The unforgivable sin happens when we see the work of the Holy Spirit with our own eyes, or hear of it with our own ears, yet because we don’t like it—because it doesn’t fit with our preconceived notions and interpretations—we identify it as the work of Satan. The detractors of Jesus saw and heard of his healings, but because certain matters of his Biblical interpretation didn’t jive with their interpretations, they labeled the work of the Holy Spirit as evil. That kind of arrogance can lead any of us to mislabel what God is doing as the work of Satan. Whether the sin is eternally unforgivable is another matter of debate because Jesus used hyperbole all the time. My understanding of the matter is that if we repent of that sin and join in with the Holy Spirit’s work, then God will forgive us.

Now, in the next few years, our church, The United Methodist Church, has some stuff to figure out about human sexuality and whether people who are homosexual are going to be fully welcome among us. And it’s not going to be easy. It was apparent at Annual Conference in Indianapolis due to some of the resolutions we discussed and did not pass. It has been made apparent at several other annual Conferences that have taken place this year based on resolutions they have passed or failed to pass. Lines are being drawn and people are fighting for their understanding of the issues of human sexuality, and for their interpretations of the Scriptures.

But I want to offer a pastoral word of caution. Before we withdraw into our already-firm conclusions and our personal Biblical interpretations, before we start calling one side or the other evil or wrong or sinful—whether aloud or in our internal monologue—I caution each of us to be patient. I hope we’ll listen to perspectives that differ from our own. I hope we’ll open our hearts and minds to see where that unpredictable Spirit of God is blowing.

There was a time when the church was segregated by race, but now all are supposed to be welcome. That’s what our baptismal & membership vows claim. (I think we still have some work to do on that one). There was a time when women were not allowed to be ordained or hold certain other leadership positions in the church, but now we ordain women and every leadership position is open. (I think we still have some work to do on that one, too).

We don’t know what’ll happen at the Special Session of General Conference in 2019 or how we’ll move forward as a church. Three plans have been set forth for consideration, and I encourage you to read them. I urge you to speak and, most importantly, I urge you to listen with empathetic ears. What I believe, wholeheartedly, is that if we pay attention—not for that moment when our side wins the debate—but if we pay attention to the movements and urgings of the Holy Spirit and see other people as beloved of God, we’ll move into the next decade and beyond as The United Methodist Church.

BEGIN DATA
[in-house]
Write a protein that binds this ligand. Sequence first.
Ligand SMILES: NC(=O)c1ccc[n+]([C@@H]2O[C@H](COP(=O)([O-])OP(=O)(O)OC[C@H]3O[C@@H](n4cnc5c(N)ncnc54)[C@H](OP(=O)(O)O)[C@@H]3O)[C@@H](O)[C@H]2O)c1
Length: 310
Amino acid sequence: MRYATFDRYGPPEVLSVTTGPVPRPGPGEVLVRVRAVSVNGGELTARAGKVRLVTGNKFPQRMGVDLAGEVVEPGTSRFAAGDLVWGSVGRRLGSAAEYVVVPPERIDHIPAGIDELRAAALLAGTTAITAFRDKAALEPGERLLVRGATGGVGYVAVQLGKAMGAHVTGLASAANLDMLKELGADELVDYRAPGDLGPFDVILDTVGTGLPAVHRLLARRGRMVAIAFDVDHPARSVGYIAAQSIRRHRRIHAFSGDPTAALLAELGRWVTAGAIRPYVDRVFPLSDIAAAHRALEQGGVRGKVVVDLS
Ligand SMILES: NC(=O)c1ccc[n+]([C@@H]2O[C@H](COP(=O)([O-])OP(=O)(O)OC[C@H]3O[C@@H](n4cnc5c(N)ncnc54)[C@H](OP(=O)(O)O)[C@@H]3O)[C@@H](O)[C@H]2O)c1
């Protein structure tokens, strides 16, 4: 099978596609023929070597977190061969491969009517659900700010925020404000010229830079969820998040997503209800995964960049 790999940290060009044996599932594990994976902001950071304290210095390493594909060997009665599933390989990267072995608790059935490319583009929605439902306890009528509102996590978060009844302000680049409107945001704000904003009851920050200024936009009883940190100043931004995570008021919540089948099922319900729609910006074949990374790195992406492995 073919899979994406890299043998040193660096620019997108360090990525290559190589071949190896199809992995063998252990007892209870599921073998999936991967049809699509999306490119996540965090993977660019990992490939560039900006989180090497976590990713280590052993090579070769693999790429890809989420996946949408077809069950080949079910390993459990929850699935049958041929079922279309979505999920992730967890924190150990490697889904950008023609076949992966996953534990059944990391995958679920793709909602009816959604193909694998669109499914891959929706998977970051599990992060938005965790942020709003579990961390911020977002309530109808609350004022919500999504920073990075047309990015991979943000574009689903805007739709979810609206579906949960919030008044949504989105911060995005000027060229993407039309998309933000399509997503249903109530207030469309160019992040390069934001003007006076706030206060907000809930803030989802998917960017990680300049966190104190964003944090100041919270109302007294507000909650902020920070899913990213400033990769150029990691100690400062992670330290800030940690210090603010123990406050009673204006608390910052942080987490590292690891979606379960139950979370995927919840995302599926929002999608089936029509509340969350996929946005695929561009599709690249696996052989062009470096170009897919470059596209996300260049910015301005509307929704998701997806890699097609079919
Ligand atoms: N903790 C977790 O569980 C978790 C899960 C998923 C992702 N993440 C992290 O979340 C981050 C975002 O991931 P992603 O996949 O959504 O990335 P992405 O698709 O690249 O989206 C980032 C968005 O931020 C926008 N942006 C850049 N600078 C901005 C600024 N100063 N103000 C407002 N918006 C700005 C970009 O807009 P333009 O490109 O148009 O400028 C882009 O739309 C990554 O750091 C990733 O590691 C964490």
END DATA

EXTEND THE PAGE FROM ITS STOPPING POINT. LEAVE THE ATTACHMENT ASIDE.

But if we fight amongst ourselves in a civil war and try to throw each other out; if we rebel against each other and are divided, then we’re done for. We won’t endure.

When Jesus’ family showed up at the door to his house, they couldn’t even get inside. So people told him, “Look, your mother, brothers, and sisters are outside looking for you.” (Mk. 3:32 CEB). The thing is, when Jesus replied “Who is my mother? Who are my brothers?” (Mark 3:33 CEB), he didn’t reject his family. He broadened his family. He made it bigger. Jesus said, “Whoever does God’s will is my brother, sister, and mother.” (Mk. 3:34-35 CEB). Perhaps we can discern God’s will by listening and speaking, praying and worshipping, loving and seeking – together.

In the name of the Father, and of the Son, and of the Holy Spirit, Amen!

Rev. Christopher Millay

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Born | Trinity Sunday

John 3:1-17

1 There was a Pharisee named Nicodemus, a Jewish leader. 2 He came to Jesus at night and said to him, “Rabbi, we know that you are a teacher who has come from God, for no one could do these miraculous signs that you do unless God is with him.”

3 Jesus answered, “I assure you, unless someone is born anew, it’s not possible to see God’s kingdom.”

4 Nicodemus asked, “How is it possible for an adult to be born? It’s impossible to enter the mother’s womb for a second time and be born, isn’t it?”

5 Jesus answered, “I assure you, unless someone is born of water and the Spirit, it’s not possible to enter God’s kingdom. 6 Whatever is born of the flesh is flesh, and whatever is born of the Spirit is spirit. 7 Don’t be surprised that I said to you, ‘You must be born anew.’ 8 God’s Spirit blows wherever it wishes. You hear its sound, but you don’t know where it comes from or where it is going. It’s the same with everyone who is born of the Spirit.”

9 Nicodemus said, “How are these things possible?”